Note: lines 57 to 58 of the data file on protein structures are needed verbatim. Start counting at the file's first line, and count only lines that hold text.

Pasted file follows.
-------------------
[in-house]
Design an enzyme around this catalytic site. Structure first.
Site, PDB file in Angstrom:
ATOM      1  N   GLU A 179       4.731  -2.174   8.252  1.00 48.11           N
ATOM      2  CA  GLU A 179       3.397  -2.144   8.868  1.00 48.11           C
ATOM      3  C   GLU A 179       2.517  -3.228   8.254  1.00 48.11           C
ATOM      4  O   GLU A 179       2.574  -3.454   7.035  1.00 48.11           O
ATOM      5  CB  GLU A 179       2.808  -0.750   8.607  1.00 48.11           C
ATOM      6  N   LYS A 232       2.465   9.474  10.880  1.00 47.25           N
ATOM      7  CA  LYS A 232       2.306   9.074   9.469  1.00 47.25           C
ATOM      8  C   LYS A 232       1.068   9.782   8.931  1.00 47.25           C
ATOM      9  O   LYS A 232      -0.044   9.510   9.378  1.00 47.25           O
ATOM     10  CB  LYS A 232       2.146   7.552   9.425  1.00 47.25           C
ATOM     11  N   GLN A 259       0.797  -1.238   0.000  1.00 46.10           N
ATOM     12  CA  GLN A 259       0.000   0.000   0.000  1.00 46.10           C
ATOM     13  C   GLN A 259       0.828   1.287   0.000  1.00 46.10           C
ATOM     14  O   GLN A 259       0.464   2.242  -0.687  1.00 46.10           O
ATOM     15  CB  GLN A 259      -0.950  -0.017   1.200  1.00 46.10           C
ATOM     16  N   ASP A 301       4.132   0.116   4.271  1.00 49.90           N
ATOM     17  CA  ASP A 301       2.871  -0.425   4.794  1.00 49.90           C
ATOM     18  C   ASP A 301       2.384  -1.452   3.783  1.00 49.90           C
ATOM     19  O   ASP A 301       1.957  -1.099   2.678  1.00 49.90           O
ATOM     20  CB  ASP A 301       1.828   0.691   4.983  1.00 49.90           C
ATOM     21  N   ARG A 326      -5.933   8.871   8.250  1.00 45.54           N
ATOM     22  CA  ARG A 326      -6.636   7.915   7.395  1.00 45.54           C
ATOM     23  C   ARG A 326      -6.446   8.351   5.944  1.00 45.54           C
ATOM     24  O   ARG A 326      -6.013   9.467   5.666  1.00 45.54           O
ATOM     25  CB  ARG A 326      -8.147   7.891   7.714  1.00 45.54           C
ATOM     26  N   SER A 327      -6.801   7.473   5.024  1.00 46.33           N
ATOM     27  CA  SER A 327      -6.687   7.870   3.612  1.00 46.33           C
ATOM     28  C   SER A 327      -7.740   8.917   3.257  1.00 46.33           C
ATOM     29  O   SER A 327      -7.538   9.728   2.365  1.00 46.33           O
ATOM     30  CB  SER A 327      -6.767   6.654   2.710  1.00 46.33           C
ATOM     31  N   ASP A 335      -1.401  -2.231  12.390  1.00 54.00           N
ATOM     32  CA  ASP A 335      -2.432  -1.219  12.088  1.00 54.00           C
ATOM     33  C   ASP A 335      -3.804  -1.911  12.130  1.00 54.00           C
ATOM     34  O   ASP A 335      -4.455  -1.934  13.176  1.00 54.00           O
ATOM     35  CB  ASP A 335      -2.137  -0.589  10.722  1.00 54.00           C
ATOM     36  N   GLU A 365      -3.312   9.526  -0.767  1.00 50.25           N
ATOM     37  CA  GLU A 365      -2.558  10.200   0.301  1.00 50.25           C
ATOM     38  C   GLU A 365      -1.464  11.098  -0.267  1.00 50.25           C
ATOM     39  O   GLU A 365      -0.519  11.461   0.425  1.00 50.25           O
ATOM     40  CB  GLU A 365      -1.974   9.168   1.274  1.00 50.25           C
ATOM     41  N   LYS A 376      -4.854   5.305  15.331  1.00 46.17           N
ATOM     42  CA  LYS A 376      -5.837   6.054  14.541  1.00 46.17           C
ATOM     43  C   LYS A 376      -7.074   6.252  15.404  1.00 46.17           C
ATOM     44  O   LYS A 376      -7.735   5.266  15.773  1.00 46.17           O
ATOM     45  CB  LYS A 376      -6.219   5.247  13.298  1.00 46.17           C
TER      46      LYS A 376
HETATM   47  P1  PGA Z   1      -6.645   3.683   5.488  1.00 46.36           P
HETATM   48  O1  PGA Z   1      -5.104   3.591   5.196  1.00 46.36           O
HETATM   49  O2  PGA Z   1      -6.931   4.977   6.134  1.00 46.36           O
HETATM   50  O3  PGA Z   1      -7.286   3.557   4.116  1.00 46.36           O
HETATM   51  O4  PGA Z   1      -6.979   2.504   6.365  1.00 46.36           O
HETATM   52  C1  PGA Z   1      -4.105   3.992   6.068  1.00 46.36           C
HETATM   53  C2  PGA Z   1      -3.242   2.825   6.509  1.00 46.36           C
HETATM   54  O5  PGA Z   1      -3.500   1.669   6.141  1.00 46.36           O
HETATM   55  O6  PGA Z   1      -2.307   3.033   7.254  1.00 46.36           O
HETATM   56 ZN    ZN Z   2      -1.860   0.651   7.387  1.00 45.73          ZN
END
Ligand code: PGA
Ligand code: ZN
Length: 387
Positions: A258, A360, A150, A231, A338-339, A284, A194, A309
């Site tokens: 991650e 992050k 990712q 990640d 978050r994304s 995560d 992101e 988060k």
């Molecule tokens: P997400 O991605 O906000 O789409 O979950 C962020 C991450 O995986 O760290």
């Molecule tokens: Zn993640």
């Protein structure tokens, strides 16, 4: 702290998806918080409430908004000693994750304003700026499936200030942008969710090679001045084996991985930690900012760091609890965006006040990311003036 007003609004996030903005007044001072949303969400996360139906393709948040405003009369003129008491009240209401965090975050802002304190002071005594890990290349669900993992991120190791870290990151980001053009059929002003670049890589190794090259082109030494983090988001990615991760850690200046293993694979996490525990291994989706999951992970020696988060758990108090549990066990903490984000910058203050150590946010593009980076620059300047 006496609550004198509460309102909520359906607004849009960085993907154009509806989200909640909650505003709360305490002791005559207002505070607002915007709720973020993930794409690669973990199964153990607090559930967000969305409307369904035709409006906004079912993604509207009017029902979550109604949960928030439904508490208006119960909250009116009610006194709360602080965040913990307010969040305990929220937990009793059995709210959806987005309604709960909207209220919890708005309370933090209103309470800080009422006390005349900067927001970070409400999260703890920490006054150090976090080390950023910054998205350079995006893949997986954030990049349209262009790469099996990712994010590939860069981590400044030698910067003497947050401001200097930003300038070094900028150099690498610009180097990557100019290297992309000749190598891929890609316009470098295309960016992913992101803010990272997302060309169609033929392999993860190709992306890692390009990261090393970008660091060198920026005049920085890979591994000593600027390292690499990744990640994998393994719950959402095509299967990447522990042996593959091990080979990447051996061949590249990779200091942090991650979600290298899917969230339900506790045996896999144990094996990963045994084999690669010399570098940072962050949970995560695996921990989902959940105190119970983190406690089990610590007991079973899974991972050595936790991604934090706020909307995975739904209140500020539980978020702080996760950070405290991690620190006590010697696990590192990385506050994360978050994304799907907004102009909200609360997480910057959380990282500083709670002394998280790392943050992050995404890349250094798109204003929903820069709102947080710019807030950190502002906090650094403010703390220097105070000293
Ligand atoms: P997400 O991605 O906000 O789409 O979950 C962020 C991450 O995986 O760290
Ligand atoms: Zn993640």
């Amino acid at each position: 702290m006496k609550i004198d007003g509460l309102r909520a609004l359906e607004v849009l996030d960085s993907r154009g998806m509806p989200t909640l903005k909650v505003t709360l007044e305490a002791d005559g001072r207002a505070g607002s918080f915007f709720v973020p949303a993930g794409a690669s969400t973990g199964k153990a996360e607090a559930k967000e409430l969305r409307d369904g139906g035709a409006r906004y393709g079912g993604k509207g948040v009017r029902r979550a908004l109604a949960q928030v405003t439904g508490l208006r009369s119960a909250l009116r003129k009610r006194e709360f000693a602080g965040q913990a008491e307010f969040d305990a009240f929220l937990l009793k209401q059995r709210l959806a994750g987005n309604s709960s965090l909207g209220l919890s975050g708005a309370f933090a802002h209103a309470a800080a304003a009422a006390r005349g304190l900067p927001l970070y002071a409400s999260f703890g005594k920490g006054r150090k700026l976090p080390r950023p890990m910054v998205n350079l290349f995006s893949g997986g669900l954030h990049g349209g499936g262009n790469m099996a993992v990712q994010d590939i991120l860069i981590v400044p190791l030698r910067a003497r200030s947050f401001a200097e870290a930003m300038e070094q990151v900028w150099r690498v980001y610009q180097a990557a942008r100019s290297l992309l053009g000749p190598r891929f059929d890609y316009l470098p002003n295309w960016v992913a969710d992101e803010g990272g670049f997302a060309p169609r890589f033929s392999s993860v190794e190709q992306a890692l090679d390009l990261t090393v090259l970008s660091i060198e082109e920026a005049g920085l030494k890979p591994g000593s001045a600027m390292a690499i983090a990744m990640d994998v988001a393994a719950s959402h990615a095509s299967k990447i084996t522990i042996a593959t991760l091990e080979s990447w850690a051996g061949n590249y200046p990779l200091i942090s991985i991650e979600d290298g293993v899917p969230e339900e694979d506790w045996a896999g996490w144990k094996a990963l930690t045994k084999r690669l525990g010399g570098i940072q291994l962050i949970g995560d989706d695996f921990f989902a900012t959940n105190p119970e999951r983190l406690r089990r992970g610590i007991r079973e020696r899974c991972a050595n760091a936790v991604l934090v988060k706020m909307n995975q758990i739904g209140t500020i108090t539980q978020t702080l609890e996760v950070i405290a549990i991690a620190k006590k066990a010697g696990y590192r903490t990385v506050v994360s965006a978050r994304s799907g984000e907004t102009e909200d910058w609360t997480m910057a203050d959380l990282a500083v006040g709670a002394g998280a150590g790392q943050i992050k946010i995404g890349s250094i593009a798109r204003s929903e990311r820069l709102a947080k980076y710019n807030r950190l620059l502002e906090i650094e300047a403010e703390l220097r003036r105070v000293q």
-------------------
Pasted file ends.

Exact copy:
HETATM   54  O5  PGA Z   1      -3.500   1.669   6.141  1.00 46.36           O
HETATM   55  O6  PGA Z   1      -2.307   3.033   7.254  1.00 46.36           O